Diabetic Bad Breath

Do I have diabetic bad breath?

90 percent of the population has bad breath at some time. There are many causes of bad breath, including strong or odorous foods, drinking, smoking, and some diseases, among other causes.

However, diabetic bad breath is directly caused by the disease, and it comes out of the mouth. It’s easy to say “just keep your blood sugar down on the A1C to your target number,” but it’s not that easy to do. Here are a few facts regarding unpleasant breath and diabetes.

Diabetes, breath and the mouth

Since breath is about air, let’s break that down first. The temperature in the human mouth goes up to approximately 98 degrees Fahrenheit. Exhaling deals with humidity coming out of the body. It reaches approximately 96 degrees Fahrenheit. Those temperatures are ideal for harboring and growing bacteria. The mouth houses over 500 species of bacteria, only of which around 37 are actually dealt with by doctors. The majority of mouth bacteria are good guys, breaking down sugars and starches and sending them on their way to help the body.

Alternatively, now that an oven is basically prepared for bacteria, add food to the equation. When the bad bacteria binds to the foods, it forms a film over the teeth called plaque. If the mouth isn’t cleaned regularly, the plaque causes oral problems with the gums such as gingivitis and periodontitis. Dental problems and/or infections weaken the immune system. If a diabetic’s blood sugar is out of control, his/her body is weakened and cannot fight off infections.

Diabetic bad breath symptoms

This is the part where it comes out of the mouth. Some other symptoms of diabetic mouth problems are (and they cause unpleasant breath in and of themselves):

  • The beginnings of gum disease, or gingivitis
  • Full-fledged gum disease, or periodontitis
  • Loose teeth
  • A different taste in the mouth or a bad taste in the mouth
  • Bad breath not helped by brushing

Diabetes, breath and the mouth, part two

When the body can’t produce its own insulin, then the incoming sugars and starches can’t be processed naturally. Therefore, the body goes on overdrive and burns fat instead of sugar for fuel. The result is ketones, which are excreted by the body as waste. It comes out of the body through the urine or out of the mouth as halitosis. Ketones either smell fruity, or they smell like acetone, one of the ingredients of nail polish remover. This is largely found in Type 1 diabetics, but may be found in Type 2 diabetics who have endured trauma or stress. If left untreated, or when the blood sugar is out of control, this produces an extremely dangerous illness called ketoacidosis. Diabetic coma and even death may result from ketoacidosis if left untreated.

Another source of ketones causing unpleasant breath is from a high protein, low carbohydrate diet. Cutting carbs while retaining the proper amounts of protein in a diabetic diet is one of the cornerstones of the diabetic life. However, when proteins break down, they, too, cause ketones to be released into the body. They come out of the mouth smelling like ammonia. Volatile sulphur compounds, or VSCs, result from the breakdown of components in our diet. Studies have shown that these VSCs result largely from the breakdown of proteins. If you notice your urine or breath smelling like Mom’s floor cleaner, then it’s time to see the doctor.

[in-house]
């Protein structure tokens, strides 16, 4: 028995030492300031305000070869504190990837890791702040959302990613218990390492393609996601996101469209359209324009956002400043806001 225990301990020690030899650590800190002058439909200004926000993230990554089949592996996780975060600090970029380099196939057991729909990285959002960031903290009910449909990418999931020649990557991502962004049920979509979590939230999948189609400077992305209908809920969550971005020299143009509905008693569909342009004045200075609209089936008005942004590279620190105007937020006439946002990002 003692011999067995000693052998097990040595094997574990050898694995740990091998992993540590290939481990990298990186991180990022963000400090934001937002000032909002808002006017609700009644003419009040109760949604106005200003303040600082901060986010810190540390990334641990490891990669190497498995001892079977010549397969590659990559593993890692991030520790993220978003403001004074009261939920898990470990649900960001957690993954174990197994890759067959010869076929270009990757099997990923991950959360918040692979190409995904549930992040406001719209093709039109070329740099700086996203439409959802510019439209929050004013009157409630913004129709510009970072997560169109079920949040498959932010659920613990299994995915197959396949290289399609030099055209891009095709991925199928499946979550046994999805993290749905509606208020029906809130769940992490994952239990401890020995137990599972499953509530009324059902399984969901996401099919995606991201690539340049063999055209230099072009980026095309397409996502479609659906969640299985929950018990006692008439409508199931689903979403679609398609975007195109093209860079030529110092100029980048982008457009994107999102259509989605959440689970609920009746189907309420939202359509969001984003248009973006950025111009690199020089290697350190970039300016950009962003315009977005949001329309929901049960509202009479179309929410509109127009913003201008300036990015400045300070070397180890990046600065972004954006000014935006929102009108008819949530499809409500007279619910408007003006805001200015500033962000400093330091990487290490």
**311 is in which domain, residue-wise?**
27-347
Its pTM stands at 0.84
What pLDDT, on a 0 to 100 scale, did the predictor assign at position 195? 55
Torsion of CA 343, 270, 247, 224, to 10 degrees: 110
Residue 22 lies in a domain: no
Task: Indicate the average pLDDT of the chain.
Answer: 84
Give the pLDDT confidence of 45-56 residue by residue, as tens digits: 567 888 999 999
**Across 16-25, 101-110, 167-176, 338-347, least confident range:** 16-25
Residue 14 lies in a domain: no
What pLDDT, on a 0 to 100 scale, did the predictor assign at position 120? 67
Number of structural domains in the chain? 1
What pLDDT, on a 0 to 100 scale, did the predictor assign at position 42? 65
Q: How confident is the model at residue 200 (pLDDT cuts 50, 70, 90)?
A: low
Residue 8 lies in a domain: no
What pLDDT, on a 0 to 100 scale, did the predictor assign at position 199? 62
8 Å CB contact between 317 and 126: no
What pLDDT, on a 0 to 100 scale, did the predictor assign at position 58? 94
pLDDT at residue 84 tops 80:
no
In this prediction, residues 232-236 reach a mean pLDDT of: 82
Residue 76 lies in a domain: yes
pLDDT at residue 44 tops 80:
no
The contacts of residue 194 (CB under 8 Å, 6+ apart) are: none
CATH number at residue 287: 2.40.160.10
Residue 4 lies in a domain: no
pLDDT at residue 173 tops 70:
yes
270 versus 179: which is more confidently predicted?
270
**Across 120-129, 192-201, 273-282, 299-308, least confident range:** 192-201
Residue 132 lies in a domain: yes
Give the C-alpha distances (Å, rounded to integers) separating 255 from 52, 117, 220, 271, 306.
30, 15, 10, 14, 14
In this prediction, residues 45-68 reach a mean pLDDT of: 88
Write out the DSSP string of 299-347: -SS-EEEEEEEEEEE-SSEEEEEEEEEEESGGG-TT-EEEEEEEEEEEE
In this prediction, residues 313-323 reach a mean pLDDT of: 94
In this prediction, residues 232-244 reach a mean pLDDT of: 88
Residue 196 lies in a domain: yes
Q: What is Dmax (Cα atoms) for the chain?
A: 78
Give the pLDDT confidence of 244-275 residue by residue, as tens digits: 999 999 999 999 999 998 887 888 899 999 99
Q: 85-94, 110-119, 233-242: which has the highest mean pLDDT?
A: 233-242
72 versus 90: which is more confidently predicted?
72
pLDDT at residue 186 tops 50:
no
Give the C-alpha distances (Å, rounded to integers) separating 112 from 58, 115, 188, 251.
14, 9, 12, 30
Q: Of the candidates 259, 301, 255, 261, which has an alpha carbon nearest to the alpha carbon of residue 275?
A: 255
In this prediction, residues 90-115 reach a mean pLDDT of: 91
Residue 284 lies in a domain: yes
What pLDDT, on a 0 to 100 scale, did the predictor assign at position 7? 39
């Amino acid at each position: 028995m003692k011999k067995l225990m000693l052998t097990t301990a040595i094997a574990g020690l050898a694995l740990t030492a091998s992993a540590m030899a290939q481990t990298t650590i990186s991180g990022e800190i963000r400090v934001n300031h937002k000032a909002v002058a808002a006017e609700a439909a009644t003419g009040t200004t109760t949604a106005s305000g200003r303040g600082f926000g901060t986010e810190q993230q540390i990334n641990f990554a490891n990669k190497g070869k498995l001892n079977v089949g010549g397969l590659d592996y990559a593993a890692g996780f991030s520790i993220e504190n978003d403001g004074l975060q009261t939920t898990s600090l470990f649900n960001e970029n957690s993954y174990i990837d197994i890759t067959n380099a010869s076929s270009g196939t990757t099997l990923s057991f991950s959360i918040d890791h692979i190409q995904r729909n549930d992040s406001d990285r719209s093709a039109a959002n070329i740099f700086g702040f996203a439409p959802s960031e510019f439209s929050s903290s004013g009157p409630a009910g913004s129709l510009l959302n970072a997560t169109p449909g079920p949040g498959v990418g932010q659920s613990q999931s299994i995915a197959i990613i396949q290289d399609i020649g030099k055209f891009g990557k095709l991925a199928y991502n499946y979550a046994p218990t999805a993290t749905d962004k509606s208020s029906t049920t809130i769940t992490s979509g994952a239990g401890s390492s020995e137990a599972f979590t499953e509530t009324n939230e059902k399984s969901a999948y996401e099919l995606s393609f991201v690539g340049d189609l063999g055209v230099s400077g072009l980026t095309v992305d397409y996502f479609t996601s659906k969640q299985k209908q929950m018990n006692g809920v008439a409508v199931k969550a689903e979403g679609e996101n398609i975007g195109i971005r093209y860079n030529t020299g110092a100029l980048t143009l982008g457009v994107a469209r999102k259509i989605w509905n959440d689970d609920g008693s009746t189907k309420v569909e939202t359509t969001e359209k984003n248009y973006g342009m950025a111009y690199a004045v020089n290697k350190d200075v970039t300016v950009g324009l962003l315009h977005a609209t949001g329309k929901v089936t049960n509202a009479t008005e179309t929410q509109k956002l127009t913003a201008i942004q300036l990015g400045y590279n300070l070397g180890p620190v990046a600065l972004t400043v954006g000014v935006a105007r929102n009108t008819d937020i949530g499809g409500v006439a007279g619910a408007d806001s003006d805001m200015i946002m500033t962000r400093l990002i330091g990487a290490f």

The cure for diabetic bad breath

It will take time, but there is a cure for bromopnea (Greek for “stink breath”). Most doctors will tell you to treat the cause of the unpleasant breath or work on your oral hygiene.

Some tips would be:

  • Keep your blood sugar down to the level advised by your doctor, usually in the 120s.
  • Eat healthy meals and snacks, incorporating raw fruits and veggies and whole grains.
  • Cut out sugary sweet drinks like sodas and juices to avoid their binding to bacteria in the mouth.
  • Drink plenty of water, which washes bacteria out of the mouth.
  • Brush and/or scrape the tongue, on which bacteria like to grow and gets passed into the body.
  • Sugarless gums and candies use the mouth’s saliva, which washes away harmful bacteria which causes unpleasant breath.
  • Brush at least twice a day and if possible after meals or snacks. Brush the tops, fronts and backs of the teeth to remove plaque.
  • Floss at least once a day. Pass the floss up and down the tooth and around the bottom of the tooth next to the gum to get all of the plaque.
  • Stop smoking.
  • See a dentist twice a year, explaining your diabetes and coordinating care with your primary healthcare provider.
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Last Reviewed:
June 20, 2017
Last Updated:
October 11, 2017
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